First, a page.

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Fighting Fish Responsibly | Fly Fish University Podcast

Dec 09, 2020

4 simple tips for fighting fish quickly and responsibly

It's Wednesday, which means it is time for another instalment of the Fly Fish University Podcast! Today's episode is about fighting fish quickly and responsibly, ultimately increasing our chances of catch and release survival and doing our part in ethical angling. 

First things first, why is it important to fight fish quickly? Isn't part of the fun in fly fishing the battle itself? Of course. Fighting fish as quickly as you can does not mean using shark rope for leader and winching them in, it simply means using all of the means within our control to bring them to hand in the shortest time possible. 

When fish get played out too long, we are greatly increasing the chances of excessive lactic acid buildup. Even if the fish seems to swim away fine at first, this does not always mean that survival is guaranteed. Unless we are planning to harvest the fish we are targeting, it is imperative to do our part in lessening our percentages of catch and release mortality. 

Fish the heaviest tippet possible

The heavier tippet we can fish, the faster we are able to bring fish to hand. If you are fishing murky water, or targeting fish that are not tippet-shy, fish the heaviest leader that the conditions will permit. Under gunning yourself will lead to playing fish out longer than necessary in attempts to not break them off.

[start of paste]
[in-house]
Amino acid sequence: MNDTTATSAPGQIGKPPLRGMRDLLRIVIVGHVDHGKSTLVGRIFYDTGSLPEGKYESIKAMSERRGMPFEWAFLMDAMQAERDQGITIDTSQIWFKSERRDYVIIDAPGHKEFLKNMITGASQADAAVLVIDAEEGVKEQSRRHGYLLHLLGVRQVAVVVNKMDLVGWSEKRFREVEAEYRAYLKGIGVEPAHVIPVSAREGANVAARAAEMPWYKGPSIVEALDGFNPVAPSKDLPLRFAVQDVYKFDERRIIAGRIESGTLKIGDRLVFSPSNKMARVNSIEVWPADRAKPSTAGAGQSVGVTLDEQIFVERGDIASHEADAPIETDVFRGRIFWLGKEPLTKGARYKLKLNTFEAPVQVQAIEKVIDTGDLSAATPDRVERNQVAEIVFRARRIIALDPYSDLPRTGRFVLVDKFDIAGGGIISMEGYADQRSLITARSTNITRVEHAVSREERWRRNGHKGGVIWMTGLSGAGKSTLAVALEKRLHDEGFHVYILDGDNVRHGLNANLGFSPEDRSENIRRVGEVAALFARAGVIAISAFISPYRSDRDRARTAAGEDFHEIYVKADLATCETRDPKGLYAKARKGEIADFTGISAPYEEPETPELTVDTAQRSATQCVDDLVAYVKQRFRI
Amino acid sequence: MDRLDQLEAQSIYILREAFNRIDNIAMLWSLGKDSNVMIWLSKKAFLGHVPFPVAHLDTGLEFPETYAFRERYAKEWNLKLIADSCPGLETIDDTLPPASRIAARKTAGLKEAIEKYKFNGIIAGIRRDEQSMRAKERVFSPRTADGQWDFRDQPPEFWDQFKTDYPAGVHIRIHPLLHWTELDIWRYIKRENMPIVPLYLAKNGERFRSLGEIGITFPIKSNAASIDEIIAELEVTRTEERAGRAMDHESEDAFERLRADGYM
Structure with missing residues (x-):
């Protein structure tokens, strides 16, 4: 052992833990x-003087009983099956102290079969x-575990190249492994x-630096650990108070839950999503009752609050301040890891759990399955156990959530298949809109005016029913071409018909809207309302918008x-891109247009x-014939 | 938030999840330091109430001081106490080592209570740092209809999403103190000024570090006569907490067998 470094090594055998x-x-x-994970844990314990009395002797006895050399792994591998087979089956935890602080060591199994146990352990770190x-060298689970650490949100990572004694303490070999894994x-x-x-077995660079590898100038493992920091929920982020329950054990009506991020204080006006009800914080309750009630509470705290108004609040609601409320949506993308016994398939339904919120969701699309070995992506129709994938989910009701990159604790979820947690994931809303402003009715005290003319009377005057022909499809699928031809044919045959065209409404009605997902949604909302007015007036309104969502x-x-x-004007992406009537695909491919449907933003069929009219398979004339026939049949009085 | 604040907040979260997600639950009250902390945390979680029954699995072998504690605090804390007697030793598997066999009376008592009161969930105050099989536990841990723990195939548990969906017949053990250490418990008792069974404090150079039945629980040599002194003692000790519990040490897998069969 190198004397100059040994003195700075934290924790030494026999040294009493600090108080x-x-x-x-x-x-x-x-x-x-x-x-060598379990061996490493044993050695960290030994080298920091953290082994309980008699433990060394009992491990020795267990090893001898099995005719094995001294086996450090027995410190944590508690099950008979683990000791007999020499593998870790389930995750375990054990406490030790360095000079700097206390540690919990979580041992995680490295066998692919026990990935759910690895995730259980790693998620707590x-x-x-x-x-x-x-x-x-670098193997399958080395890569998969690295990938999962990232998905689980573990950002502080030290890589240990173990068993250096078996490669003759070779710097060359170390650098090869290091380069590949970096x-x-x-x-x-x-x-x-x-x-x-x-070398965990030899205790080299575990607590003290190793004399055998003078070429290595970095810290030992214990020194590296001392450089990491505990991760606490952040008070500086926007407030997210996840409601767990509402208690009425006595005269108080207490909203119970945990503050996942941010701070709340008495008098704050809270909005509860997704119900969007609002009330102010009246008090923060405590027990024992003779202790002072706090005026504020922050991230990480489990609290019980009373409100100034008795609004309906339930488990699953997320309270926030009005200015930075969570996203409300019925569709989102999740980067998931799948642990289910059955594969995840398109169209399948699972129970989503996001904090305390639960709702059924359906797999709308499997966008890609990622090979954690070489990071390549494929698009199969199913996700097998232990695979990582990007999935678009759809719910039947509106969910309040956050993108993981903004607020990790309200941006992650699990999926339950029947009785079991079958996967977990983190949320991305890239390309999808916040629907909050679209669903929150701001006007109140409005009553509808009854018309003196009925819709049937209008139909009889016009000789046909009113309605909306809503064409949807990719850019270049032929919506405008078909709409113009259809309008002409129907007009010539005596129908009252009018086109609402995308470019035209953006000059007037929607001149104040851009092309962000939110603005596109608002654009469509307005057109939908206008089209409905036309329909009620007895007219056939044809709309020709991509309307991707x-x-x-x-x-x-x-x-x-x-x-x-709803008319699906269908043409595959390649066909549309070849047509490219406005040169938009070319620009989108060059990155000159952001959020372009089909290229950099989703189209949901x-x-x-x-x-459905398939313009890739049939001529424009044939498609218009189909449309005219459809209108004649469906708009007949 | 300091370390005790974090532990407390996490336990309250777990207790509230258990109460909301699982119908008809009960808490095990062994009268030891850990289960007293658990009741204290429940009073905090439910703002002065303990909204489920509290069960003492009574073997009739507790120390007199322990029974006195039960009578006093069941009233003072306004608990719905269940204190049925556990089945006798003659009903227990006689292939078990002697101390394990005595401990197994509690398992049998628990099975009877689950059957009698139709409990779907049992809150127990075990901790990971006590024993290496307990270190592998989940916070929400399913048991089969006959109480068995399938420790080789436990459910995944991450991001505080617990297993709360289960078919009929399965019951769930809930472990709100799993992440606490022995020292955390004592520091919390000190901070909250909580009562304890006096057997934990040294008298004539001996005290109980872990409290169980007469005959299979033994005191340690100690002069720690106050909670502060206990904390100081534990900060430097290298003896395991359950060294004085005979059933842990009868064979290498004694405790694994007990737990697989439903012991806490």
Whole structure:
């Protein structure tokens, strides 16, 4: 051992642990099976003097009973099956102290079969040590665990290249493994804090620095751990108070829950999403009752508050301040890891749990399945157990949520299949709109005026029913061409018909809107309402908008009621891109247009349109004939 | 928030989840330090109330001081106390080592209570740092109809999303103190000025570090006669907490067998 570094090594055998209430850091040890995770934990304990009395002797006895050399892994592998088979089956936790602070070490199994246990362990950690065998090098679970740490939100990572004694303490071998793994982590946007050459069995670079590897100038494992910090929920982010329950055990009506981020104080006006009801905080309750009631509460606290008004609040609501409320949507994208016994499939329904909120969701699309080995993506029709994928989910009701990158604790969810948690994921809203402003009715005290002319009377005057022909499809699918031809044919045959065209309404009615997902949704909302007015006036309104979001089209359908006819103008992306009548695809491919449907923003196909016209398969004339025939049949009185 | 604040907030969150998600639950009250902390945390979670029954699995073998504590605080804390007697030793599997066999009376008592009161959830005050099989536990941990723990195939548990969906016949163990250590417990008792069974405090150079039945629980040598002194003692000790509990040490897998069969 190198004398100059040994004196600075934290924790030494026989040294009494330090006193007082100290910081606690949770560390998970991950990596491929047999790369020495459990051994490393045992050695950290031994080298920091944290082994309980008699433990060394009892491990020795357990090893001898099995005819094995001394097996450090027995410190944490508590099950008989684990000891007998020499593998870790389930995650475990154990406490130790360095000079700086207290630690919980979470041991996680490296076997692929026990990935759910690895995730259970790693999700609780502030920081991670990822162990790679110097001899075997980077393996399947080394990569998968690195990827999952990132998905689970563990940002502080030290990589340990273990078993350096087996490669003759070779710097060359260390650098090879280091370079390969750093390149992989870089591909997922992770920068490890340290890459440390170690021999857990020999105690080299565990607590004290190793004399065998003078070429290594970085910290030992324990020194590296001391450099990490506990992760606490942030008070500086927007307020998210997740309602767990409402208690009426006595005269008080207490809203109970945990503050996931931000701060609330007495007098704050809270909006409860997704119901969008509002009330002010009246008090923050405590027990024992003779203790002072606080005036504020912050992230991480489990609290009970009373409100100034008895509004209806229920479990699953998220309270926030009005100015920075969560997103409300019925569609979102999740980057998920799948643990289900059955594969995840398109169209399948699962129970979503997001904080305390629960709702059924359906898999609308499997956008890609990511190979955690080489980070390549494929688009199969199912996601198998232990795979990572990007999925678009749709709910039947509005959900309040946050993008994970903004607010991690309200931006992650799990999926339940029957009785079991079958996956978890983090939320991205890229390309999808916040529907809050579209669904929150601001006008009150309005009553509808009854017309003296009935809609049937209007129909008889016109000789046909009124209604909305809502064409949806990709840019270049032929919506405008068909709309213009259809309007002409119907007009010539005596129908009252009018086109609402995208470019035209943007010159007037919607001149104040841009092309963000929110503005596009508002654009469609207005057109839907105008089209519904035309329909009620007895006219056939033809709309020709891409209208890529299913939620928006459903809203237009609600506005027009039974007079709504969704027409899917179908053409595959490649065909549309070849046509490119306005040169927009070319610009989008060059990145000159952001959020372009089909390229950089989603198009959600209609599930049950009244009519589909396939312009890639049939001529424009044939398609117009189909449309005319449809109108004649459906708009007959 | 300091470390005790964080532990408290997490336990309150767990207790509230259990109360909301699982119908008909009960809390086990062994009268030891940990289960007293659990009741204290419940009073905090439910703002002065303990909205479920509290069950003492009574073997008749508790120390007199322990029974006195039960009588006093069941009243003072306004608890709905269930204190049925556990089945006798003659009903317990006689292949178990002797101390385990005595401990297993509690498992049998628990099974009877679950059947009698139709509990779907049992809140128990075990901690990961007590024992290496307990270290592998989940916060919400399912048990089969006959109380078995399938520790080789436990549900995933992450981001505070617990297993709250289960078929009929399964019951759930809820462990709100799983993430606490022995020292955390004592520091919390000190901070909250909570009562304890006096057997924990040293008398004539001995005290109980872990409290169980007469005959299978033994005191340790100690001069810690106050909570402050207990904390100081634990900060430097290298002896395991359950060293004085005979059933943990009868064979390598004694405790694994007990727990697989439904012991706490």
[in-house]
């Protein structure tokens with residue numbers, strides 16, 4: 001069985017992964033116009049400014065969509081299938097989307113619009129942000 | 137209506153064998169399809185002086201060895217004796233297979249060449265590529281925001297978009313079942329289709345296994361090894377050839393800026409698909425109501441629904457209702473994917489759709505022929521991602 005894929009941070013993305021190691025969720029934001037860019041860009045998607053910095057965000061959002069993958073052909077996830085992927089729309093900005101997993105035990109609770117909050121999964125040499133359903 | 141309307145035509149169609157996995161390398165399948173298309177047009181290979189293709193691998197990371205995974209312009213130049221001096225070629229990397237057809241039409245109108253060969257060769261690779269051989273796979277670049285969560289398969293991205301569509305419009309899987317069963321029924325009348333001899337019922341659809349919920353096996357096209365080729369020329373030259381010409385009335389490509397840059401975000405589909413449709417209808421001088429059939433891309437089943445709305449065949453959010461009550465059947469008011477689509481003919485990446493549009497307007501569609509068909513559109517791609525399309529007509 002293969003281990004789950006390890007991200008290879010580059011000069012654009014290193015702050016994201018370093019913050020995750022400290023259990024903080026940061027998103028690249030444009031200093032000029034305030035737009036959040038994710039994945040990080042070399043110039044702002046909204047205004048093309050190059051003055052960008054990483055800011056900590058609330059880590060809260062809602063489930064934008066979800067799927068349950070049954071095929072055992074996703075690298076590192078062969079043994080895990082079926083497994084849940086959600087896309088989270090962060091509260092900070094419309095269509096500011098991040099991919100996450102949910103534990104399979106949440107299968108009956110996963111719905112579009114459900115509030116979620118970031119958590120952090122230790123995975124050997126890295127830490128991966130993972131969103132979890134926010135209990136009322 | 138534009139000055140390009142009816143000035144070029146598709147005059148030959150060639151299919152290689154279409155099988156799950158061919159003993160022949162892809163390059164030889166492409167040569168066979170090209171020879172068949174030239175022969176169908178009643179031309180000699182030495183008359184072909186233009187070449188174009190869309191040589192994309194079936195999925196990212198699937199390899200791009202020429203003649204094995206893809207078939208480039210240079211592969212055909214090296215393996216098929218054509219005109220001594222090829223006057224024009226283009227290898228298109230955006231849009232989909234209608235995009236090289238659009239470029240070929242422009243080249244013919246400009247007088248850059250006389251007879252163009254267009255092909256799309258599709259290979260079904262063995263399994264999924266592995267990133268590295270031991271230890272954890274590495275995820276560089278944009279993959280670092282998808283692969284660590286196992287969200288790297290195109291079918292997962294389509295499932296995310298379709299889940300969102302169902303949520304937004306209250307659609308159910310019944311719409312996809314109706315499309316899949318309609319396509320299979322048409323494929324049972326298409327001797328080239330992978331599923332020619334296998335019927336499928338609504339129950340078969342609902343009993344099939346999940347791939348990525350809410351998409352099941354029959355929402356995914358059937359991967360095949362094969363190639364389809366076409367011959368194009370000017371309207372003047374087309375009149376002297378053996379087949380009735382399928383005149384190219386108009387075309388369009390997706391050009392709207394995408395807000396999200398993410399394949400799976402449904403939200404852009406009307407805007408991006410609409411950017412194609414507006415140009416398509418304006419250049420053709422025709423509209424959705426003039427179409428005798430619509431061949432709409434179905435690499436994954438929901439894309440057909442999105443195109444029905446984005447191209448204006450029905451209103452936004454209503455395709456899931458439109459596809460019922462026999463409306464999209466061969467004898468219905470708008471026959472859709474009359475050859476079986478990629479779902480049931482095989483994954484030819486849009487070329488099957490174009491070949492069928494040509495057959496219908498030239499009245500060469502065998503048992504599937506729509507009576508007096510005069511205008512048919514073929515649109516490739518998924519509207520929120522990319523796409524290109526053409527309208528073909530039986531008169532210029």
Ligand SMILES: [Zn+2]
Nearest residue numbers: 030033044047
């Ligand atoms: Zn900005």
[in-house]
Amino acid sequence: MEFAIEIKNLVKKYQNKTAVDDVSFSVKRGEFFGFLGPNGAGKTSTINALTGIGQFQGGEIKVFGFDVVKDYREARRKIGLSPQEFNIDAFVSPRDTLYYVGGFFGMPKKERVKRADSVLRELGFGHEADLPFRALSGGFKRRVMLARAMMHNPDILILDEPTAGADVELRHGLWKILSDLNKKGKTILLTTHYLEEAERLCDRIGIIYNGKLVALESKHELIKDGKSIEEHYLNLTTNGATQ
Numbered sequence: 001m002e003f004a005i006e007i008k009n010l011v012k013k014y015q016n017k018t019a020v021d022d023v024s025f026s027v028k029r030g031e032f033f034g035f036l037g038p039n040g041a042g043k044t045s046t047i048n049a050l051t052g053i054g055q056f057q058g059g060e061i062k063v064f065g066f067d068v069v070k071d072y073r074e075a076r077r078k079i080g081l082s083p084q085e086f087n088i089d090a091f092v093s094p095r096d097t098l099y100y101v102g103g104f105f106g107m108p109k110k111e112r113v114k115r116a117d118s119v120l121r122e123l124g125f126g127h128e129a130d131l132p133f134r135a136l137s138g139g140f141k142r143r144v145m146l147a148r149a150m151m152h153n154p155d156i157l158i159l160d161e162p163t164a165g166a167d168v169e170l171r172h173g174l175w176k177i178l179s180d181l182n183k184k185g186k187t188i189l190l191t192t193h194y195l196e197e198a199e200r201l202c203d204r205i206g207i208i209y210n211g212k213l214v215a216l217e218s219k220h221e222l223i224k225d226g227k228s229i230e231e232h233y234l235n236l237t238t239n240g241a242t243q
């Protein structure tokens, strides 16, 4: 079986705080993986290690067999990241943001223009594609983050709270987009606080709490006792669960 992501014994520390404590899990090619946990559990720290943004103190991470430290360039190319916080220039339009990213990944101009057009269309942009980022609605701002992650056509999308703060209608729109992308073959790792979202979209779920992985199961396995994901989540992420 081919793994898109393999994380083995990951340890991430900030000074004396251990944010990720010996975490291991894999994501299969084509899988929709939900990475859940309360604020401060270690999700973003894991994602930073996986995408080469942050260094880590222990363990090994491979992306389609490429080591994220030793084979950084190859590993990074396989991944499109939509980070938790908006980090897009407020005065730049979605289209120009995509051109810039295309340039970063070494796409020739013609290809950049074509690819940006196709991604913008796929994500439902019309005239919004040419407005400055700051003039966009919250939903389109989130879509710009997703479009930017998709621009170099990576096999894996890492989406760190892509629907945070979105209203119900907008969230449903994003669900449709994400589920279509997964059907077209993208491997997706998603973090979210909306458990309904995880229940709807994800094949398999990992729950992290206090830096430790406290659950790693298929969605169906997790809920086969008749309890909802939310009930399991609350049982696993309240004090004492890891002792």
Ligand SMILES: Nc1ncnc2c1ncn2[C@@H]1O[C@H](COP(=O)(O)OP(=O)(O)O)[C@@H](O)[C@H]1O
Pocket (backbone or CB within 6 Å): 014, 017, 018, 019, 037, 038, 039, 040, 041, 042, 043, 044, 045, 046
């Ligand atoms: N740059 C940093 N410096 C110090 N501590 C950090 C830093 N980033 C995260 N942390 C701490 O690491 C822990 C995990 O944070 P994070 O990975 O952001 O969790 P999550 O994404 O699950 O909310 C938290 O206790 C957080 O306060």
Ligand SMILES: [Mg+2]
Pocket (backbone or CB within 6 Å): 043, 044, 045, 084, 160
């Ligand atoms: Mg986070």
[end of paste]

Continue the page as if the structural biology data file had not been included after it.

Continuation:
Using the back end of the rod

In the blank of a fly rod, the power is found in the back end, or bottom half of the rod blank. When it comes time to pull on a fish, especially big game or predator species, it is imperative that the back end of the rod is used to its maximum potential. Wedging the rod into your waist, rather than hoisting it straight in the air, will allow you to lean into the fish and gain control during the fight. 

Don't shy away from using a net or cradle

This is especially true if you are not comfortable with tailing or lipping fish on the first attempt, using a net or cradle will greatly increase your chances of bringing the fish to hand on the first attempt. Species like trout, char and salmon can be difficult to grab on your own until you get the hang of it. Using a net or cradle will decrease the amount of time between the fish being hooked and the fish being released. 

READ: "The Low Down on Rubber Fly Fishing Nets

Avoid landing fish on dry land

We can fight fish quickly, with the heaviest tippet, while using the back end of the rod, but our efforts are exasperated should we choose to land fish in and area which they have opportunity to hit their head on the rocks or stuff their gills full of mud and sand. Land fish in water that will allow them to stay wet the entire time, without coming in contact with shoreline structure. 

Listen to today's podcast episode below:



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